- [Instructor] I know you're likely anxious to get into Revit right away, but before we do, let's talk about a few high-level concepts first. For starters, just exactly what is BIM. Well, as you may know, BIM stands for Building Information Modeling, and this is a term that's been in the industry for many years now, and it was actually coined by Autodesk several years ago. It's used to describe the process of creating virtual models that represent actual building facilities. Now, Revit is often highly touted as purpose-built for Building Information Modeling, and this is certainly true, but it often leads to some confusion, that somehow Revit and BIM equal the same thing.
Revit and BIM are not the same thing. Revit is a tool to help us achieve BIM, and BIM is actually a process that we follow to create building model data that is essentially two things: coordinated and computable. Now, these are the two most important tenants of BIM in my opinion. If all the parts and pieces that make up your BIM project are fully coordinated with one another and don't require any manual updates to keep them in sync and if you have a robust, enriched data source of information that can be used both internally by the system and exported out to the project team to do meaningful computations, then you have BIM.
Now, some of those computations might be things like energy analysis or calculating structural loads. You might want to do a lighting analysis or heating and cooling. Any of these things become possible when you have a rich and robust BIM. Now, there's lots of different ways you can achieve BIM, and Revit is an excellent tool to help us achieve this because it does many of the things that I've described natively. Now, it's important to understand that 3D is not the only component that makes BIM BIM. Often when you hear BIM in the same sentence, you'll hear people talking about 3D, and you could be left with the impression that in order to be BIM, you have to be 3D, and somehow if you have 3D, then you automatically have BIM.
Now, don't get me wrong, 3D is very important. If you're primary goal is to perform clash detection between say your structure and your mechanical systems, or if you want to make sure that your stair tower fits in your overall architecture, 3D can be pretty important. If you need to do a visualization and do high-quality renderings and so forth, then 3D is going to be pretty important. However 3D is not the only aspect that makes BIM special. Remember that it's B-I-M, and I think the I in BIM is sometimes even more compelling than the M, so think about cost-estimating tasks, or specification writing, or calculating energy loads, or doing the heating and cooling analysis, all of these things require data, and the data is what we mean by the I in BIM, so when you have all of this data, instead of manually computing all of the various things that we need to do to get proper design, why not let the computer do what it does best, compute stuff.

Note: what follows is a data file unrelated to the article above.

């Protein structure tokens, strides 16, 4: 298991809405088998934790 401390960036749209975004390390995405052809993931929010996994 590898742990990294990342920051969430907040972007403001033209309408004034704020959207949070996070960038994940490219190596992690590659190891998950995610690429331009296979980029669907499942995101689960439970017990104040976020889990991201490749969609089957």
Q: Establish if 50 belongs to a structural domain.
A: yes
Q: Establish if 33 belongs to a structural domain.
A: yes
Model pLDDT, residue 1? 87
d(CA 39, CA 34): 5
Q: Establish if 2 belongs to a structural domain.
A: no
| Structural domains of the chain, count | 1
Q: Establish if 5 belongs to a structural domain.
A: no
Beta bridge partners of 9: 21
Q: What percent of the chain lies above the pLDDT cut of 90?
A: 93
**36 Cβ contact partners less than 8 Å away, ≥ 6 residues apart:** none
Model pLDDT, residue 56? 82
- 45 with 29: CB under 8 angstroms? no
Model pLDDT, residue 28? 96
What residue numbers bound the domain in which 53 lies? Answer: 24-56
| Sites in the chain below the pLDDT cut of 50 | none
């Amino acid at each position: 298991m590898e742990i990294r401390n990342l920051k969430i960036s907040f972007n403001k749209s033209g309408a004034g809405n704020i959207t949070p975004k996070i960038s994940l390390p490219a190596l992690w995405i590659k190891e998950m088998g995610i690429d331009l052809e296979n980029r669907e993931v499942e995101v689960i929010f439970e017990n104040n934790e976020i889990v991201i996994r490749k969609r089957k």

That is what the I in BIM is all about, so again, let's not focus on just modeling. Modeling is certainly important and compelling, but let's also think about the I in BIM, the information, so if you've got these two together in a fully coordinated package, in a way that Revit gives us, then that's when we've got a fully-implemented BIM solution, so with that introduction in mind, let's go ahead and jump into Revit.
AuthorPaul F. Aubin
Paul also shows advanced techniques for modeling stairs and complex walls, adding rooms, and creating schedules. Finally, discover how to annotate your drawing so all the components are perfectly understood, and learn how to output sheets to PDF and AutoCAD.
- Understanding BIM and the Revit element hierarchy
- Navigating views
- Creating a new project from a template
- Adding walls, doors, and windows
- Adding plumbing fixtures and other components
- Linking AutoCAD DWG files
- Rotating and aligning Revit links
- Working with footprint and extrusion roofs
- Adding openings
- Adding railings and extensions to stairs
- Creating stacked and curtain walls
- Hiding and isolating objects
- Adding rooms
- Creating schedule views
- Adding text and dimensions
- Creating new families
- Using reference planes, parameters, and constraints
- Plotting and creating a PDF
Skill Level Intermediate
1. Core Concepts
2. Getting Comfortable with the Revit Environment
3. Starting a Project
4. Modeling Basics
5. Links, Imports, and Groups
6. Sketch-Based Modeling Components
8. Complex Walls
9. Visibility and Graphic Controls
11. Schedules and Tags
12. Annotation and Details
13. The Basics of Families
14. Sheets, Plotting, and Publishing
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